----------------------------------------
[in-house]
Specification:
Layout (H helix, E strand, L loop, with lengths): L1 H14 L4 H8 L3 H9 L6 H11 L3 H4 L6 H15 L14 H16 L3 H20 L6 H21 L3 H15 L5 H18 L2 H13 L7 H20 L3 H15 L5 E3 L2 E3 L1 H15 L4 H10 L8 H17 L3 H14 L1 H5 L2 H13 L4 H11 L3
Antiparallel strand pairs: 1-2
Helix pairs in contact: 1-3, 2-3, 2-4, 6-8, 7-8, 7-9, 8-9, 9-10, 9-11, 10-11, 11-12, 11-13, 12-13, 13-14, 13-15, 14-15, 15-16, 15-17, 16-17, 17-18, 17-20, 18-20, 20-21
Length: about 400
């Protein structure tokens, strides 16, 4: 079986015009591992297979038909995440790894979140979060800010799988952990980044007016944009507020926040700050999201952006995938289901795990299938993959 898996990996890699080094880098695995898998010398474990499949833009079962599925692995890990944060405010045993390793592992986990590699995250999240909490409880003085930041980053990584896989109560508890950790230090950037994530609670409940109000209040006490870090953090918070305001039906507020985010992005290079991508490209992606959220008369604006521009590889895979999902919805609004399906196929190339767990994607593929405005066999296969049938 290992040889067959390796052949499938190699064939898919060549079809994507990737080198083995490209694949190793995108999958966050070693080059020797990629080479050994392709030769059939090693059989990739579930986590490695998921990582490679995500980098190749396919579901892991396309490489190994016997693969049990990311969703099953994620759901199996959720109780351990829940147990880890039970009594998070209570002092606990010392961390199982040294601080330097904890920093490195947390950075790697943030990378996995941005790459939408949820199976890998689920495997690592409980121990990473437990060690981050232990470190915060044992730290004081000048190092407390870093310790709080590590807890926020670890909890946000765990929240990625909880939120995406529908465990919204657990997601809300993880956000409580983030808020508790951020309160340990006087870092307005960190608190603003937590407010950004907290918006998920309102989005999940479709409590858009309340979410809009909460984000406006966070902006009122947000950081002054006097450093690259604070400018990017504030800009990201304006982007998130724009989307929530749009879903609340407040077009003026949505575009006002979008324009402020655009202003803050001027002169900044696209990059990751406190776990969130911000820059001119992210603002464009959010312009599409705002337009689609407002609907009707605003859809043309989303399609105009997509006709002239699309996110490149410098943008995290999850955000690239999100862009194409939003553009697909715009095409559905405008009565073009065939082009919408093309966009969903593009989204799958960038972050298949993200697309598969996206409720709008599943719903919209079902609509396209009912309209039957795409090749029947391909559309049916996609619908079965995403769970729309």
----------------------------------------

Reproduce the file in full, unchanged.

[in-house]
Specification:
Layout (H helix, E strand, L loop, with lengths): L1 H14 L4 H8 L3 H9 L6 H11 L3 H4 L6 H15 L14 H16 L3 H20 L6 H21 L3 H15 L5 H18 L2 H13 L7 H20 L3 H15 L5 E3 L2 E3 L1 H15 L4 H10 L8 H17 L3 H14 L1 H5 L2 H13 L4 H11 L3
Antiparallel strand pairs: 1-2
Helix pairs in contact: 1-3, 2-3, 2-4, 6-8, 7-8, 7-9, 8-9, 9-10, 9-11, 10-11, 11-12, 11-13, 12-13, 13-14, 13-15, 14-15, 15-16, 15-17, 16-17, 17-18, 17-20, 18-20, 20-21
Length: about 400
């Protein structure tokens, strides 16, 4: 079986015009591992297979038909995440790894979140979060800010799988952990980044007016944009507020926040700050999201952006995938289901795990299938993959 898996990996890699080094880098695995898998010398474990499949833009079962599925692995890990944060405010045993390793592992986990590699995250999240909490409880003085930041980053990584896989109560508890950790230090950037994530609670409940109000209040006490870090953090918070305001039906507020985010992005290079991508490209992606959220008369604006521009590889895979999902919805609004399906196929190339767990994607593929405005066999296969049938 290992040889067959390796052949499938190699064939898919060549079809994507990737080198083995490209694949190793995108999958966050070693080059020797990629080479050994392709030769059939090693059989990739579930986590490695998921990582490679995500980098190749396919579901892991396309490489190994016997693969049990990311969703099953994620759901199996959720109780351990829940147990880890039970009594998070209570002092606990010392961390199982040294601080330097904890920093490195947390950075790697943030990378996995941005790459939408949820199976890998689920495997690592409980121990990473437990060690981050232990470190915060044992730290004081000048190092407390870093310790709080590590807890926020670890909890946000765990929240990625909880939120995406529908465990919204657990997601809300993880956000409580983030808020508790951020309160340990006087870092307005960190608190603003937590407010950004907290918006998920309102989005999940479709409590858009309340979410809009909460984000406006966070902006009122947000950081002054006097450093690259604070400018990017504030800009990201304006982007998130724009989307929530749009879903609340407040077009003026949505575009006002979008324009402020655009202003803050001027002169900044696209990059990751406190776990969130911000820059001119992210603002464009959010312009599409705002337009689609407002609907009707605003859809043309989303399609105009997509006709002239699309996110490149410098943008995290999850955000690239999100862009194409939003553009697909715009095409559905405008009565073009065939082009919408093309966009969903593009989204799958960038972050298949993200697309598969996206409720709008599943719903919209079902609509396209009912309209039957795409090749029947391909559309049916996609619908079965995403769970729309």